WASHINGTON —The White House announced Tuesday that it will nominate academic and former community banker Allan Landon to one of the two vacancies on the Federal Reserve Board.

In making the announcement, President Obama highlighted Landon's previous roles as a chief executive officer of two community banks.

"Allan Landon has the proven experience, judgment and deep knowledge of the financial system to serve at the Federal Reserve during this important time for our economy," Obama said in a press release. "He brings decades of leadership and expertise from various roles, particularly as a community banker. I'm confident that he will serve our country well."

Landon, who currently serves as a lecturer at the University of Hawaii at Mãnoa Law School, previously served as CEO of the Bank of Hawaii Corp. from 2004-10. The Bank of Hawaii Corp. manages $14.5 billion in total assets, according to its third-quarter 2014 financial statement.

Prior to heading the bank, Landon held various positions in its upper management beginning in 2001, according to his official biography. Landon also served as chief financial officer of First American Corp. from 1998 to 2000 and as a partner of Ernst & Young from 1984-98.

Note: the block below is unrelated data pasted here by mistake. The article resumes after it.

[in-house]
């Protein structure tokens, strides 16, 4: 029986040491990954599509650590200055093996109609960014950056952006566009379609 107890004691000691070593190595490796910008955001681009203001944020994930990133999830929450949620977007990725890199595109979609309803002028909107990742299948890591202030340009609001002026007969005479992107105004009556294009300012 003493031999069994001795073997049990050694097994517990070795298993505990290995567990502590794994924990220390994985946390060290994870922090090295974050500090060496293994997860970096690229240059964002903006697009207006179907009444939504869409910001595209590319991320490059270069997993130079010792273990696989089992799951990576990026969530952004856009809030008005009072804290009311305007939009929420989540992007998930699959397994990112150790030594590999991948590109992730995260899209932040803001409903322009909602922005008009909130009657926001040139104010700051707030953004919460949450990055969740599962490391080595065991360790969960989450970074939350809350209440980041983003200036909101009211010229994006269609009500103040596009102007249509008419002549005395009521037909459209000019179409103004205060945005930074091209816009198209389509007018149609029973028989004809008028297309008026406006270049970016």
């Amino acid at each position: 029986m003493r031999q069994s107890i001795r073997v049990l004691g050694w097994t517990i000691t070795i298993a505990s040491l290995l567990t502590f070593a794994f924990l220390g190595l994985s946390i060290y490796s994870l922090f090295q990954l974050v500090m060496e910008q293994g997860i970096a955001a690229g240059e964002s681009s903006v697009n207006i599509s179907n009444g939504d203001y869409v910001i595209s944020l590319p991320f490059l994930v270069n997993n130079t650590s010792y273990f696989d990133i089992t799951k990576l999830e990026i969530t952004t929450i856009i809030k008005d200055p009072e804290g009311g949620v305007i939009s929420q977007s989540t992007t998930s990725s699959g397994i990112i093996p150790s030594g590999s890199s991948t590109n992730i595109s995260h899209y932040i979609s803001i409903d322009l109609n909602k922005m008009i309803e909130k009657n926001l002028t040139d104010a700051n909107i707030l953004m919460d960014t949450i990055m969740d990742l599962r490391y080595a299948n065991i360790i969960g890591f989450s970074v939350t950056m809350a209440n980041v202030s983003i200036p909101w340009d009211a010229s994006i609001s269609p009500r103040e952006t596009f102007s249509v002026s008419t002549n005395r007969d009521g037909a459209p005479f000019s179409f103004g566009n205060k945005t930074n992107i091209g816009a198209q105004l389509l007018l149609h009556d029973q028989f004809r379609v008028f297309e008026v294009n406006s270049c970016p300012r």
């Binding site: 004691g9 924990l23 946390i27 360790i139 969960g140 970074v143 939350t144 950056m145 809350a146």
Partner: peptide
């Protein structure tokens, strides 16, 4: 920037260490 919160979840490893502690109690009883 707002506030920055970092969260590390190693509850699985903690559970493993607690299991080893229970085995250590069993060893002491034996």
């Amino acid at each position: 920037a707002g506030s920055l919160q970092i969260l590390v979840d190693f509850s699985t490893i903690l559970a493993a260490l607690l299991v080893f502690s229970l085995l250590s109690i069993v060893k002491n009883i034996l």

Landon, a relative unknown in Washington, will fill one of two vacancies that have been open on the Fed Board since former Gov. Jeremy Stein resigned to return to Harvard University. Former Gov. Sarah Bloom left the board last March to serve as Deputy Treasury Secretary.

His nomination was welcomed by the Independent Community Bankers of America, which had been pressuring the White House to appoint someone to the Fed with community banking experience.

"Having someone with community bank experience, such as Landon, on the board will ensure that community bank interests are more fully understood as the board considers the impact of its policies on smaller banks and the communities and rural areas they serve," said Camden Fine, president of the group, in a press release.

Several lawmakers from both parties had also urged the White House to use at least one of the vacancies to nominate someone with community banking experience. Sens. Elizabeth Warren, D-Mass., and Joe Manchin, D-W.Va., penned a joint op-ed in the Wall Street Journal last November calling on the White House to nominate "Wall Street outsiders" to fill the board's vacancies.

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